PHP stands for Hypertext Preprocessor. (Some sources say it is a recursive acronym for PHP Hypetext Preprocessor.) It is a server-side scripting language (this means the scripts are run on the web server as opposed to the client machine or the user's browser). This means you won't have to worry about compatibility, or functions that don't work with specific browsers.

In order to utilize the power of PHP, you first need to have an implementation of PHP running on your server. Most hosting services have an option to install PHP; or if you maintain your own server, you can get the installation files at PHP is free to download and install, so why not?

You don't need any special software to write/debug your PHP codes. You can write the scripts in any text editor or your choice--notepad, kwrite, gedit, emacs, etc. Debugging can be done through the browser of your choice.


PHP code must be enclosed within specific tags. There are four sets of tags that can be used:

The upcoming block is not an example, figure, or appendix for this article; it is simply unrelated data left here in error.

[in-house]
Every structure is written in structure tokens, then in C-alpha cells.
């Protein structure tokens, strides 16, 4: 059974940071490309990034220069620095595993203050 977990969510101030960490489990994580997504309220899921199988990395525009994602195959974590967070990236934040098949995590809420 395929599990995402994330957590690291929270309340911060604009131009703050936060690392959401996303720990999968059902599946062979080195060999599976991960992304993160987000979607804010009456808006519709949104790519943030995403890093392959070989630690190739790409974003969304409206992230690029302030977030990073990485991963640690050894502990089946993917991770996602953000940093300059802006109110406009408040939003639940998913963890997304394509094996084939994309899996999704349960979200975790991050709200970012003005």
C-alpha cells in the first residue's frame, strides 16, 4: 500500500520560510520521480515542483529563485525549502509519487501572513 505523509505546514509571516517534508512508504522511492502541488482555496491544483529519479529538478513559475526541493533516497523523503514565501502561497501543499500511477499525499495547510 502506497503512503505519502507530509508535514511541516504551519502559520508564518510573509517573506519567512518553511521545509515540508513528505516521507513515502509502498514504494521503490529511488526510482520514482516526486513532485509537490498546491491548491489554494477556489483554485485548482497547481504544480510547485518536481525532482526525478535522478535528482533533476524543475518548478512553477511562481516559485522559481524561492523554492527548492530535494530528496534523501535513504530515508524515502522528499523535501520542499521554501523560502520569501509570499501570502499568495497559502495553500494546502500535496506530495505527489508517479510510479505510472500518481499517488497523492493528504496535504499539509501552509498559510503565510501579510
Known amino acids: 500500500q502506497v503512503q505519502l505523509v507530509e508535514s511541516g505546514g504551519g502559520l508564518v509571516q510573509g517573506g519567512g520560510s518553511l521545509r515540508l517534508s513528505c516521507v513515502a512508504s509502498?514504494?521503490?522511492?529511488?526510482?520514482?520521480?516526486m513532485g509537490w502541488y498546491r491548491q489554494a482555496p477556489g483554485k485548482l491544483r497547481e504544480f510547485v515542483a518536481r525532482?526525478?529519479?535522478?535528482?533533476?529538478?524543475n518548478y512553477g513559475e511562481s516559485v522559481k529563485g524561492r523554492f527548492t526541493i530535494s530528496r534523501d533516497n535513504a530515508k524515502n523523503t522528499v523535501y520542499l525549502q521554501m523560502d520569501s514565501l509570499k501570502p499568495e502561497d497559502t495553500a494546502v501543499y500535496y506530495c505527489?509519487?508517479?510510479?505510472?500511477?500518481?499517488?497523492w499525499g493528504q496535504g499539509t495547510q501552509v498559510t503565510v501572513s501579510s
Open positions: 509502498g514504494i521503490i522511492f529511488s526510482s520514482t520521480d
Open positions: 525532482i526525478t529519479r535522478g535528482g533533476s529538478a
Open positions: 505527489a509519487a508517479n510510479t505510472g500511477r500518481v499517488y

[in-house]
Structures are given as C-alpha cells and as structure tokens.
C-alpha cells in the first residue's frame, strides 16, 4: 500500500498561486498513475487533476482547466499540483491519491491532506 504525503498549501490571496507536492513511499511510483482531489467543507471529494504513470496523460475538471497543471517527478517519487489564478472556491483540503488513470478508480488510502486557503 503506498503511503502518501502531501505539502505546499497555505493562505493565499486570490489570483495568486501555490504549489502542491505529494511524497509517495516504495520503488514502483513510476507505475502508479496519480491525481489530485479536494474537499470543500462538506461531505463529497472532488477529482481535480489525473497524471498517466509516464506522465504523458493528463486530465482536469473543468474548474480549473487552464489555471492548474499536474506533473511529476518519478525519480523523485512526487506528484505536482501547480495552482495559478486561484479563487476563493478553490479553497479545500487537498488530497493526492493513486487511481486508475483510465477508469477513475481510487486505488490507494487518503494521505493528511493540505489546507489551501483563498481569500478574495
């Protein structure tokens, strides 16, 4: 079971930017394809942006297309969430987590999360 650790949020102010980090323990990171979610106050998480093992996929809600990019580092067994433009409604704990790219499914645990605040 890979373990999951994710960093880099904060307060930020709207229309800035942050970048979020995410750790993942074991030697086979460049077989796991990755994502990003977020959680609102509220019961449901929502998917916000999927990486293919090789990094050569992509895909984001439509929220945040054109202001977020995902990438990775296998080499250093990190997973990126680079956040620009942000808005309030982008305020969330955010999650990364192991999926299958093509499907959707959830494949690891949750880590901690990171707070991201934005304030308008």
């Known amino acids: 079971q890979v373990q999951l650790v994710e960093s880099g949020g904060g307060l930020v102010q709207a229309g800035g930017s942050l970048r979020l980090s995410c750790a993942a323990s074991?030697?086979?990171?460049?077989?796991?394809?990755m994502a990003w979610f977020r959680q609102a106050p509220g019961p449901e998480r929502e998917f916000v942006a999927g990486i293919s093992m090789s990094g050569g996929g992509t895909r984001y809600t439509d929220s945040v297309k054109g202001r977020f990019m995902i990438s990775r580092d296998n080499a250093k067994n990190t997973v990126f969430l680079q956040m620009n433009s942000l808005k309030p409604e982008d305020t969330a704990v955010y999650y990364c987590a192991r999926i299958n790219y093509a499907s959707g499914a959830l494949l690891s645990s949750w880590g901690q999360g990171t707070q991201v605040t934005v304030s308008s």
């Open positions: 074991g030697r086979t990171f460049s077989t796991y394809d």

Opening Tag Closing Tag
<? ?>
<?php ?>
<% %>
<script language="php"> </script>

All of these tags produce the same results. The second pair (<?php and ?>) are the most widely accepted and used tag format so this will be the format in use within this tutorial. You must remember to maintain a good tag structure. This means you must start and end your code with the same tag format (i.e. you can't start with <?php and expect to end with </script>).


i) Your First PHP Script
ii) Working with Text
iii) Using Comments
iv) PHP Variables